Staffers working for Bernie Sanders during the Democratic primary were amazed when they managed to draw 381 supporters to the candidate’s first official campaign event in Oklahoma only three days after telling people about it. Days later, 338 people showed up to an event in Tulsa. Sanders, who ultimately lost the nomination to Hillary Clinton, won Oklahoma by 10 points. To rally the troops in Oklahoma, campaign staffers turned to the same tool they had been using since the Iowa caucuses: Hustle. The app allowed them to send up to 50 text messages per minute and put them in touch with 8,000 people in-state in just the first weekend.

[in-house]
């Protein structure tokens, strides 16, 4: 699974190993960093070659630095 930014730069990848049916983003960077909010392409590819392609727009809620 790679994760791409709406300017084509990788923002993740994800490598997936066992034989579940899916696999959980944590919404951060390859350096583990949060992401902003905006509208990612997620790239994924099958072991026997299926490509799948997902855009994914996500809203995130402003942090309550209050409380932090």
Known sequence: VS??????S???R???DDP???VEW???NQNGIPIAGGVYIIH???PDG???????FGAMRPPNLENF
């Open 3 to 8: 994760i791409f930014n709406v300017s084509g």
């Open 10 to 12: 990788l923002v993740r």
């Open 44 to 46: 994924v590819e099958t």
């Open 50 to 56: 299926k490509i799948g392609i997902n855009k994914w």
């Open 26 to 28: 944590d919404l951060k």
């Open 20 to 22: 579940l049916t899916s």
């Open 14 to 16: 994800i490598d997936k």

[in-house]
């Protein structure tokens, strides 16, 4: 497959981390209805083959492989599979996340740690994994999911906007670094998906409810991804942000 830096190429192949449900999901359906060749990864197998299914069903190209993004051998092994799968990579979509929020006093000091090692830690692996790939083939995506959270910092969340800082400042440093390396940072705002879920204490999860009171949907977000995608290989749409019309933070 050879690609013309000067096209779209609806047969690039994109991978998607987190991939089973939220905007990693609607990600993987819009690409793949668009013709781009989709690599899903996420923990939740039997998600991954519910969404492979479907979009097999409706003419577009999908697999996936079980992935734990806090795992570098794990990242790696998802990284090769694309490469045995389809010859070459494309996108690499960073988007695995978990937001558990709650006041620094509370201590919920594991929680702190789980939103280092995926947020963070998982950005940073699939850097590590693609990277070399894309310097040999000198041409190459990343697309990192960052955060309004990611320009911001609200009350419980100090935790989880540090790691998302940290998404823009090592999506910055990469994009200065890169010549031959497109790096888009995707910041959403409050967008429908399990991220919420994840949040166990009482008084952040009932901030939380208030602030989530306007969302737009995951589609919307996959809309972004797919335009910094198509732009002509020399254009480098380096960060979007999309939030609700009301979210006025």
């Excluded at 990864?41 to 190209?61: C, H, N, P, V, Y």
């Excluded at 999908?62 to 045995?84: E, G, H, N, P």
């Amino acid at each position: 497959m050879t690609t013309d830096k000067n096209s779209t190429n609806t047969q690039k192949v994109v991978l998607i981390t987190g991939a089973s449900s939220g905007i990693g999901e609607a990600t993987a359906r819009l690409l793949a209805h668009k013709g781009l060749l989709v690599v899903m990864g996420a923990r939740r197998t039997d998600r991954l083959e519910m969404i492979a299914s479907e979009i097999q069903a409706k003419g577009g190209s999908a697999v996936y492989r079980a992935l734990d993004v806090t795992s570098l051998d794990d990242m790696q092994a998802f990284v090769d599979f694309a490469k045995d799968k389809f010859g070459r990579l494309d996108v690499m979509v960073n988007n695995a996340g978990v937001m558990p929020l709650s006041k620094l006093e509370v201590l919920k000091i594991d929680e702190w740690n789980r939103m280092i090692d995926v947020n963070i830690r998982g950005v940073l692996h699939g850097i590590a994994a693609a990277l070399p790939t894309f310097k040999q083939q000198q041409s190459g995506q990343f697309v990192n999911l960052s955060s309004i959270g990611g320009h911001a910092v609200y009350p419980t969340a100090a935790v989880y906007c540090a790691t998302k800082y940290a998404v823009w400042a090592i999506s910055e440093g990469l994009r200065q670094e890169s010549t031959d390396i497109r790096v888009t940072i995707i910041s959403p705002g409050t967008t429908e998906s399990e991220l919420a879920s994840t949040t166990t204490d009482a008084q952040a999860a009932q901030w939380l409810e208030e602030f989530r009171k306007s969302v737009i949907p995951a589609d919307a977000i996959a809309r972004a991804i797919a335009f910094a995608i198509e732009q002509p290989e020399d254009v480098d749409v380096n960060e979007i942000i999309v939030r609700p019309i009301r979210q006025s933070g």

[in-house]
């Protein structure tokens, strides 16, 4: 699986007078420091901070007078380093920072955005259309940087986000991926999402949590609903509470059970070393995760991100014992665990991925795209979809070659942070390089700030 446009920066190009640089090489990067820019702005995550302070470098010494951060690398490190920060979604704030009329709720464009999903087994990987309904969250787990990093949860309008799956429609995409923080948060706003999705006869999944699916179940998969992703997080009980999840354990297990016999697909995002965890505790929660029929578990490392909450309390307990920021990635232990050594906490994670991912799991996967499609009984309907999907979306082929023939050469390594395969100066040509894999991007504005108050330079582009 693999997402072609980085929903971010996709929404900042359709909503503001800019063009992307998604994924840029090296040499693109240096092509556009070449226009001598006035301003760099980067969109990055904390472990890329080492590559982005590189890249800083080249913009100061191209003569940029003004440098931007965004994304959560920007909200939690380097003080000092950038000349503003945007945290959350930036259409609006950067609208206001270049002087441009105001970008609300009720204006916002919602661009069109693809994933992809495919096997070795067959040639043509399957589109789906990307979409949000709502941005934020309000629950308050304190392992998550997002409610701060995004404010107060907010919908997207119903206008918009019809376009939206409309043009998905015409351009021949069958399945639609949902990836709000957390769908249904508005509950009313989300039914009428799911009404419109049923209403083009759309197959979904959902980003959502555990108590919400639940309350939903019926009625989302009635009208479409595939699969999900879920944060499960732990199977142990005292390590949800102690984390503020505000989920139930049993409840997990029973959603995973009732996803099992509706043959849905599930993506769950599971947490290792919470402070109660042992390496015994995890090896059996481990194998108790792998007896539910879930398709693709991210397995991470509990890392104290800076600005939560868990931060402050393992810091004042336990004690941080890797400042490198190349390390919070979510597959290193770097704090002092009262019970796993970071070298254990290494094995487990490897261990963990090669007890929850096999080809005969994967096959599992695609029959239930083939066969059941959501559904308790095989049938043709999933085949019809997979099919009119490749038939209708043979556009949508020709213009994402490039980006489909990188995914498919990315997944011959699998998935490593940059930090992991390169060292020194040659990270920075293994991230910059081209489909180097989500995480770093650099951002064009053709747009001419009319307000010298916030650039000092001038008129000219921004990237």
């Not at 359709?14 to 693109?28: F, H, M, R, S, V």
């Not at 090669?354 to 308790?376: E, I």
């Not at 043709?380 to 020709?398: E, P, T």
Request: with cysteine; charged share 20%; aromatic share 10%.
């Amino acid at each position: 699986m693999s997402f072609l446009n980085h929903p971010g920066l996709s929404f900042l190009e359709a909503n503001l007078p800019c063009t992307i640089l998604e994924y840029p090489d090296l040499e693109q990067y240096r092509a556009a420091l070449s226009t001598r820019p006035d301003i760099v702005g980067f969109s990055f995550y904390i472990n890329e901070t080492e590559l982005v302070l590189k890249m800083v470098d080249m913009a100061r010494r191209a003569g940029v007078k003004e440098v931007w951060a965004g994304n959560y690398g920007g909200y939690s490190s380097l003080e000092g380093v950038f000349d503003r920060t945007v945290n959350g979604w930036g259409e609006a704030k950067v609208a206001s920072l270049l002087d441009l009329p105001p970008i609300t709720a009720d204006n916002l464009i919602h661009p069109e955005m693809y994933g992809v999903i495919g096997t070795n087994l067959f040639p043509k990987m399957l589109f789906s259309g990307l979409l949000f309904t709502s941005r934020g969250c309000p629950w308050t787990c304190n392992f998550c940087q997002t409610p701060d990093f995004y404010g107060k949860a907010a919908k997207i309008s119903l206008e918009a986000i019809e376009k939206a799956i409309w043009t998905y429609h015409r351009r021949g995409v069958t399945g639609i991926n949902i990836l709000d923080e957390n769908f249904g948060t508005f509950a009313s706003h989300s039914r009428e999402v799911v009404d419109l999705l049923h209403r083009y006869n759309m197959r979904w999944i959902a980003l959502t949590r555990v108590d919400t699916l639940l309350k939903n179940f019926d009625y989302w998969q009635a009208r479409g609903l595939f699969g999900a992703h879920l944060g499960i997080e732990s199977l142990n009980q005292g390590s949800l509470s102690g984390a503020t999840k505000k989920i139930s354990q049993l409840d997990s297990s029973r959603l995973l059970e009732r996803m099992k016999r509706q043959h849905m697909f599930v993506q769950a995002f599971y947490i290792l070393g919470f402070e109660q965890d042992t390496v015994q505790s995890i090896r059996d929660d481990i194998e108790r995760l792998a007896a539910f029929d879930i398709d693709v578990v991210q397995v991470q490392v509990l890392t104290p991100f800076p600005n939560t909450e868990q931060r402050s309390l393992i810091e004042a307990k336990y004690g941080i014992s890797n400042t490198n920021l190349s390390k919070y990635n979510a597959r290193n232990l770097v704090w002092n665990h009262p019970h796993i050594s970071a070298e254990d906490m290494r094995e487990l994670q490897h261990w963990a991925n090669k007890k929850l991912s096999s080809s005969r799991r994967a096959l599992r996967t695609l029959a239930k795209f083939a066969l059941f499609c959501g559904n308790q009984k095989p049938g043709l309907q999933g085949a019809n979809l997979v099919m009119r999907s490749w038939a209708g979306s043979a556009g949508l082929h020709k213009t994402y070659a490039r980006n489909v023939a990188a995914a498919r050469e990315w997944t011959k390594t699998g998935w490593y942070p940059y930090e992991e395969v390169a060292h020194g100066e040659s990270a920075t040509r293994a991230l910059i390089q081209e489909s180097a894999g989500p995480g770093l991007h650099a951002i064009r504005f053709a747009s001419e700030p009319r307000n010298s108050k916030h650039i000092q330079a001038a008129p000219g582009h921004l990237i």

Originally created to help advocacy organizations and nonprofits build relationships with donors, Hustle fit in naturally with a political campaign. Data the startup compiled on how the app helped Sanders’ campaign showed that texts from staffers received a response 30 percent of the time, versus 10 percent of the time for phone calls. According to CEO and co-founder Roddy Lindsay, senators and governors seeking re-election in 2018 are already talking to Hustle about how they can use the app to reach voters. “We have to find new ways of reaching people where they are, and for most of us in 2016, where we are is mobile,” he says.
Trump’s campaign also made use of text messages. At his rallies, signs bearing his name invited supporters to “Text TRUMP to 88022.” Just one problem: In April, a class-action lawsuit was filed against the campaign alleging it had violated the Telephone Consumer Protection Act by sending text messages to people without their consent. Now the Department of Justice is deciding whether to wade into the controversy. Trump’s campaign might soon find itself in a place with which the new president-elect is quite familiar: the courtroom.